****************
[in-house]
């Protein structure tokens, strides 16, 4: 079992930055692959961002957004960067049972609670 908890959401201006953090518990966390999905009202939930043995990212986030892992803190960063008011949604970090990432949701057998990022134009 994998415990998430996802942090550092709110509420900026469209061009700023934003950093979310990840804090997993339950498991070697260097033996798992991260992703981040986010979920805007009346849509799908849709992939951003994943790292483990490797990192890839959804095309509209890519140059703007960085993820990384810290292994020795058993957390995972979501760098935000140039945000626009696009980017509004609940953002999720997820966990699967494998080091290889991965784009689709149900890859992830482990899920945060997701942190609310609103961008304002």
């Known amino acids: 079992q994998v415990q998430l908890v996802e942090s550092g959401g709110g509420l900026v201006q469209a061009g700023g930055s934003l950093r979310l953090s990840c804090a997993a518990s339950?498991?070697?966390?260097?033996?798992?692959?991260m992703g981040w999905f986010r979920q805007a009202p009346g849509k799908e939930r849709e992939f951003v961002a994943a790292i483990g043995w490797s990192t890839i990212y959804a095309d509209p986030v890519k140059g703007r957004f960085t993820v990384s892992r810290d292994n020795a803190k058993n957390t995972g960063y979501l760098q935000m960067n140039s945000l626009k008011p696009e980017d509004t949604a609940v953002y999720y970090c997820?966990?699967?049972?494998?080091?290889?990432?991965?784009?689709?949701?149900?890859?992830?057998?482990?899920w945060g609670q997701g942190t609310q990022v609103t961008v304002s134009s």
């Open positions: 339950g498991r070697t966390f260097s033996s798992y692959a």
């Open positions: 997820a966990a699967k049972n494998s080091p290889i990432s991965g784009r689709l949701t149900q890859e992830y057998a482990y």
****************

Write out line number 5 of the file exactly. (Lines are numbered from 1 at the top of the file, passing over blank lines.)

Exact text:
């Open positions: 997820a966990a699967k049972n494998s080091p290889i990432s991965g784009r689709l949701t149900q890859e992830y057998a482990y």